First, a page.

LANDS OF CONTENTION
The Prime Minister, Dr Manmohan Singh's promise to put in place a more humane policy towards those displaced from lands acquired for new industrial projects is timely. Land acquisition is increasingly becoming controversial with the conflict between the state and those affected by such acquisitions often escalating into a serious law and order problem with human casualties. The fact that such incidents are also fair game for the Opposition to score debating points against the ruling party only makes the problem that much more difficult to resolve.
The time has come to revisit the concept of `public purpose' that governments use to acquire private lands. Such a concept could be readily conceded when the State was picking up land for its own development initiatives or for setting up an industrial undertaking wholly owned by it, but the device comes under some strain when it is used to facilitate private investments. This is not to say that private investments do not add to societal well-being. Indeed, judicial thinking elsewhere in the world is veering towards such a liberal interpretation of the notion of `public purpose' in the context of compulsory acquisition of private lands.
But where benefits to the public are inherently in the nature of secondary or tertiary outcome to primary private benefit, the debate is bound to be fractious. On the other hand, the country does not have the luxury of ducking the question either. Both the Centre and the States operate under such severe budgetary constraints that co-opting private capital for the provision of social and economic infrastructure so essential for economic growth has increasingly become inevitable. Clearly there is a need for evolving a consensus on the definition of `public purpose' that warrants compulsory acquisition of private lands. Perhaps this is a fit case for the National Development Council, where all the States and the Centre are represented, to deliberate upon and arrive at a political consensus.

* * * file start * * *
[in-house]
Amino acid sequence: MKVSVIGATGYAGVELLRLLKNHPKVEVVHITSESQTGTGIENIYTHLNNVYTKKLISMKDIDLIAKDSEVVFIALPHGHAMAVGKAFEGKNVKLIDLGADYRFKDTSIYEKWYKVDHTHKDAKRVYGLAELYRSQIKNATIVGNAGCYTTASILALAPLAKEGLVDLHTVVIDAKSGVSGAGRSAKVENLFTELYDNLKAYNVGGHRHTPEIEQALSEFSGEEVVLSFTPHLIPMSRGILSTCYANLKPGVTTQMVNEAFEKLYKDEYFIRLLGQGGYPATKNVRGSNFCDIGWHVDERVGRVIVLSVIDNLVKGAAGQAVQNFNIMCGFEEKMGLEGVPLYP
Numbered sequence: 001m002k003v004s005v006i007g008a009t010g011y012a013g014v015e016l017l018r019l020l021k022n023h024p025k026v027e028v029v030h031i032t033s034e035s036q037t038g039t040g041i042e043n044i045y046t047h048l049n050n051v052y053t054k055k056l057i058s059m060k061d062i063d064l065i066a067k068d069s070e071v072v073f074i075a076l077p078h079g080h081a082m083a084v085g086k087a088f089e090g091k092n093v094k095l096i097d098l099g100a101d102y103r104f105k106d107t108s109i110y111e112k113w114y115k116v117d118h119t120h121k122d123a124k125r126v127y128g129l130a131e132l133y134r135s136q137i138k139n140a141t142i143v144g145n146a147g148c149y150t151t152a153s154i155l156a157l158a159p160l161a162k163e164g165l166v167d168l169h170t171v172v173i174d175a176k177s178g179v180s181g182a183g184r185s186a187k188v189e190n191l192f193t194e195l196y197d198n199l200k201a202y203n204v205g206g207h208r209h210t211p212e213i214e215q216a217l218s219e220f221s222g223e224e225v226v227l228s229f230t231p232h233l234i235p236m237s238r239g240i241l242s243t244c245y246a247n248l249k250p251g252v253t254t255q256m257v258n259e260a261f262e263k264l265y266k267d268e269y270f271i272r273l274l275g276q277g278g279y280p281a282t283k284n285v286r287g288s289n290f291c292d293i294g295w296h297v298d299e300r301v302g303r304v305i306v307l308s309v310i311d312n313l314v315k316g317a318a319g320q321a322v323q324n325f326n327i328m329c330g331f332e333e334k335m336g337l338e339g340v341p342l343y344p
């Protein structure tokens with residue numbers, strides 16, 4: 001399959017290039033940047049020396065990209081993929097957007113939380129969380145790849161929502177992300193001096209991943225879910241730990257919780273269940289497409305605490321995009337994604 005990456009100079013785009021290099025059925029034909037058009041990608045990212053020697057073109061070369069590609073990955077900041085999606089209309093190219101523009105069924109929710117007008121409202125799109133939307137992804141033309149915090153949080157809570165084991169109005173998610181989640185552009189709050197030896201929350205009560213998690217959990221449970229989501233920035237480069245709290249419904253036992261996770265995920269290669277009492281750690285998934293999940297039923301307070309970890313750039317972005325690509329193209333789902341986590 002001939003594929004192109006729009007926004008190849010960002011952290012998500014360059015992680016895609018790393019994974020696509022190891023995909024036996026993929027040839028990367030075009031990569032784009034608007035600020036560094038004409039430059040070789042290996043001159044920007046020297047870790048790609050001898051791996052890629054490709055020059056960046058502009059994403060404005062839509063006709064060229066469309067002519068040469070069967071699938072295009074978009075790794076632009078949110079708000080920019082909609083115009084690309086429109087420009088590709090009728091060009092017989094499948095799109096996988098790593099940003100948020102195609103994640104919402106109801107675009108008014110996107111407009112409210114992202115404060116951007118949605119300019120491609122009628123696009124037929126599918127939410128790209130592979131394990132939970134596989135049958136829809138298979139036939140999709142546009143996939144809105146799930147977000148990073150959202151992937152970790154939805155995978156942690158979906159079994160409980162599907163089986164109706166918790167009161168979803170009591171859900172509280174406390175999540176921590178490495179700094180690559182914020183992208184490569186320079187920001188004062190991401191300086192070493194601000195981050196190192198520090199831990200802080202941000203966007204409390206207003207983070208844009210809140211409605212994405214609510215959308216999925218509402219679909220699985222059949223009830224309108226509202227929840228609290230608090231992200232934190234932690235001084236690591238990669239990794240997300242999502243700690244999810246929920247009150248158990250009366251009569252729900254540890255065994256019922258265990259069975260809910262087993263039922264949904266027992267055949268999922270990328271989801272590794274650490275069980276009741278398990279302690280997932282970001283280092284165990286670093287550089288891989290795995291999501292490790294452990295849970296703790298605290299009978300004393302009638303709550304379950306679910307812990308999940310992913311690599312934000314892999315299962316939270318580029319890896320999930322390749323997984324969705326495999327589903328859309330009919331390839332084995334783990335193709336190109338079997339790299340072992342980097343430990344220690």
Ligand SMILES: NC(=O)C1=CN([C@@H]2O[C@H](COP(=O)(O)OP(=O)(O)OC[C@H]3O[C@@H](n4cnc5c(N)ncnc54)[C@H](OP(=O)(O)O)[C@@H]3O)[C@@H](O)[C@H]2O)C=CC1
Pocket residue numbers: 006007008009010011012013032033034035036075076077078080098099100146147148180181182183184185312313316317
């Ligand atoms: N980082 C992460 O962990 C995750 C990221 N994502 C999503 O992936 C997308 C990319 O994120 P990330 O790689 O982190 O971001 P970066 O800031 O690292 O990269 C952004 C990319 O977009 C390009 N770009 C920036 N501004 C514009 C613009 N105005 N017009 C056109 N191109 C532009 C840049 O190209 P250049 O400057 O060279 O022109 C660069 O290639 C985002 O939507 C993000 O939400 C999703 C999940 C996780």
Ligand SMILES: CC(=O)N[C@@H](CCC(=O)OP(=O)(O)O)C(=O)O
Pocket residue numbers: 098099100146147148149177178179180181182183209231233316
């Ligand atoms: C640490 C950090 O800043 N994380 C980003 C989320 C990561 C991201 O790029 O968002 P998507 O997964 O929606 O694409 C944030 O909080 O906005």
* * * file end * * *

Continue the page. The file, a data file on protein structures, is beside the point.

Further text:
Finally, land acquisition even for the most laudable `public purpose' or a scheme of rehabilitation that accommodates even the most remotely affected, may not seem humane if the compensation is seen as niggardly. The current market value arrived at by whatsoever means for the property may not seem so fair as notions of fair market value etc. are appropriate only when the buyer and the seller come together of their own free volition and settle at a price that each thinks is appropriate. But compulsory acquisitions belong to a different category altogether.